In the prior art, a number of skate accessories have been developed in an attempt to overcome the above noted problems. For example skate guards such as taught in U.S. Pat. Nos. 30,627 to Gibbs, 1,174,601 to Nathan, and 3,583,720 to Fowlkes address the problem of protecting the blades of ice-skates and do not address the problem of immobilizing the wheels on in-line skates. Wheel covers for roller skates have been addressed by Grim (U.S. Pat. No. 4,355,474), Dolce (U.S. Pat. No. 3,861,697), Loredo (U.S. Pat. No. 4,413,842), and Melendez (U.S. Pat. No. 4,364,187) but all are designed for roller skates that have tandem wheels. Zurnamer, U.S. Pat. No. 5,303,955, describes a roller skate wheel guard made of cloth which protects the wheel but does not provide stability for walking. Kassel in U.S. Pat. No. 5,290,065, describes a flexible rollerblade guard which is designed to prevent wheel rotation. However the design is cumbersome to attach and not practical for most styles of in-line skate which have a rearward extension to receive a rubber brake. Anderson et. al. in U.S. Pat. No. 5,236,224 teaches a in-line skate accessory which facilitates walking. This design covers only the front and rear wheels and relies on a rubber-like material to attach the cover and prevent wheel rotation.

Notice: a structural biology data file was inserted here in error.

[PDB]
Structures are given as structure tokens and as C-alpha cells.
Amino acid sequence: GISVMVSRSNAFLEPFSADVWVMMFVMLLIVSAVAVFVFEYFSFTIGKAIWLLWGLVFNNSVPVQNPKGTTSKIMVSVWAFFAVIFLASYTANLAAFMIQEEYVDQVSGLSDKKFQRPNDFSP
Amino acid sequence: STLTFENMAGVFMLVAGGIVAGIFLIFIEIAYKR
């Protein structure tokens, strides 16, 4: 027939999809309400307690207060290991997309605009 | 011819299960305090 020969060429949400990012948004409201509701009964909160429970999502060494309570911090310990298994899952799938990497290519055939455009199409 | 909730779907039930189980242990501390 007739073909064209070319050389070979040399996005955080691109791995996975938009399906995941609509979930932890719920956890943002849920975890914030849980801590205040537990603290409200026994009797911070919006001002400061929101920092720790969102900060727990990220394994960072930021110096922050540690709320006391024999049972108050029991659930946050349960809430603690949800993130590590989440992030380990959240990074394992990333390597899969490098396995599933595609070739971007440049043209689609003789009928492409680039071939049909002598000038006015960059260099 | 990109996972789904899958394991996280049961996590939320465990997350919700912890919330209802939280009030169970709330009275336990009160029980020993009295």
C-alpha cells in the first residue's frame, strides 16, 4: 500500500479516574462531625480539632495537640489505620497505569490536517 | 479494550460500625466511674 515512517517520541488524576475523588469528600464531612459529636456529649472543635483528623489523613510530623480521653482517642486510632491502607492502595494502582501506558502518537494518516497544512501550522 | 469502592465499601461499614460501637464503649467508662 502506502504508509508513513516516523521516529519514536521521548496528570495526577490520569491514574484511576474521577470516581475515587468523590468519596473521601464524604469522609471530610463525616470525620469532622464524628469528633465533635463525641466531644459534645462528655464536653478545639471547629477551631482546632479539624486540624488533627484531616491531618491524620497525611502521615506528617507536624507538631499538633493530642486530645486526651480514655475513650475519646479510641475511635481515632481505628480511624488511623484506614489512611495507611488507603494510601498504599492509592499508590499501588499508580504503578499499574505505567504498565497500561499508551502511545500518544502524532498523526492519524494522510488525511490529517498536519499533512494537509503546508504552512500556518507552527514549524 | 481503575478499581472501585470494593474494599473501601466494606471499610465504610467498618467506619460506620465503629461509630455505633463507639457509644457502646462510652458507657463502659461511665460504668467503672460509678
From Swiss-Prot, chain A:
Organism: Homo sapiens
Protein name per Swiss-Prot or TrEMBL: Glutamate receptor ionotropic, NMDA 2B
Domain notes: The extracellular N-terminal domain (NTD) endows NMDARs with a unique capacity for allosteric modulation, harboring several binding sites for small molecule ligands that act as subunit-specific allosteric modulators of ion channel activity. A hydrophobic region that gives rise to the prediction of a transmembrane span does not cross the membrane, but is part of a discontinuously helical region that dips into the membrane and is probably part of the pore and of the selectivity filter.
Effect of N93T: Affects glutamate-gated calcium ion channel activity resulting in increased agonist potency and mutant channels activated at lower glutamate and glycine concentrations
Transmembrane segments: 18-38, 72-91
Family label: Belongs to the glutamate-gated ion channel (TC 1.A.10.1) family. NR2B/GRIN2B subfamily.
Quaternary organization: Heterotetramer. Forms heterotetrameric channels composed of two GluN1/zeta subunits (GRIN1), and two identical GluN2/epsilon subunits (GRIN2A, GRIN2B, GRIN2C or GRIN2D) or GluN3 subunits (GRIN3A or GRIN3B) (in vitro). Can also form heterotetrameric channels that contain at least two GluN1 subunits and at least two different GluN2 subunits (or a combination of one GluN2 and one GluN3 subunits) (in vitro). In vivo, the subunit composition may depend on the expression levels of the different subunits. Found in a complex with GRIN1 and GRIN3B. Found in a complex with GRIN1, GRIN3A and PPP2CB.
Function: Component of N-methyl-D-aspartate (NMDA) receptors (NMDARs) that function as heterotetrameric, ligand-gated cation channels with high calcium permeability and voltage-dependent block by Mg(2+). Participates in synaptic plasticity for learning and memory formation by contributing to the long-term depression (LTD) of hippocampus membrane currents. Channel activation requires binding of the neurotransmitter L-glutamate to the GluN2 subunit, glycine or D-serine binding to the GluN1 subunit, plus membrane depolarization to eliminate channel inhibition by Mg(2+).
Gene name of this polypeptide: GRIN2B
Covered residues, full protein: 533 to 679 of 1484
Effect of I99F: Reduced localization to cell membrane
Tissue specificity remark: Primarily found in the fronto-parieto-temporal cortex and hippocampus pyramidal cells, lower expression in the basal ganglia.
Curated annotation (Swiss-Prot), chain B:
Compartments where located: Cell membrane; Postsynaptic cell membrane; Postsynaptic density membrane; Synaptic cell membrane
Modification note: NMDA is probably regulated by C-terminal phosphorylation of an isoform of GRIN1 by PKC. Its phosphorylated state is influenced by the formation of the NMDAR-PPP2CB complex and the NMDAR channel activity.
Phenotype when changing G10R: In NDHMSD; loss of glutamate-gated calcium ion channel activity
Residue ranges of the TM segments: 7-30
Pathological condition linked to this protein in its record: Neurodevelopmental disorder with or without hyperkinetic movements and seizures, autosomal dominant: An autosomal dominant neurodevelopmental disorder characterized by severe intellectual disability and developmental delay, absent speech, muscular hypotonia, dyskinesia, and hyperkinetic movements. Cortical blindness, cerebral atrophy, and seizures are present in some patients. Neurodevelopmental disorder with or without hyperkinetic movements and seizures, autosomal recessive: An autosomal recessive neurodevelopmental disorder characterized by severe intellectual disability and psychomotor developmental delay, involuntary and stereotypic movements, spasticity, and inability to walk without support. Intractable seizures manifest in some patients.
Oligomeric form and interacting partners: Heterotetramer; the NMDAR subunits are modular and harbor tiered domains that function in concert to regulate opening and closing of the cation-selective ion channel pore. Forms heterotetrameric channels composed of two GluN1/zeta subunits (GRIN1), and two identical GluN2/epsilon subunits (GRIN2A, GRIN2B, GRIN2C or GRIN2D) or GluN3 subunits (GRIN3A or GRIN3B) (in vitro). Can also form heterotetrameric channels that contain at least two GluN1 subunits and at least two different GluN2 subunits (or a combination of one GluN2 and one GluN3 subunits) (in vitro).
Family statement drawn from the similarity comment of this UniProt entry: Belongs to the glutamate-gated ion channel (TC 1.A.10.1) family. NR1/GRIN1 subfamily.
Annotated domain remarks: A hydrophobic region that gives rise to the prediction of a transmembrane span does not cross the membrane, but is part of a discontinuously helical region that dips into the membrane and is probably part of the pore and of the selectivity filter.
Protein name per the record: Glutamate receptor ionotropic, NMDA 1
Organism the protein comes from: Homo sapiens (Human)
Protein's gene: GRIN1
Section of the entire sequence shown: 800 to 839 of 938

The present invention is a unique guard designed to cover and immobilize the wheels of an in-line skate. The guard receives the linearly aligned wheels of an in-line skate and prevents rotation of the wheels by attachment of the guard to the skate by a bridle. The body of the guard forms a wheel retaining channel which extends forward to form an upwardly curved portion to receive the front wheel of the in-line skate. A bridle is connected to the wheel retaining channel in the rear third of the length of the guard. The bridle extends upwardly over the in-line skate in the area below the boot heel and above the rear wheel over the rear brake assembly. The bridle can be made of either a flexible but non-elastic material or an elastic material such that when attached to the skate it can be adjusted to fit the unique length and shape of each brand of skate. The non-elastic bridle can be changed in size by the adjustment of a buckle.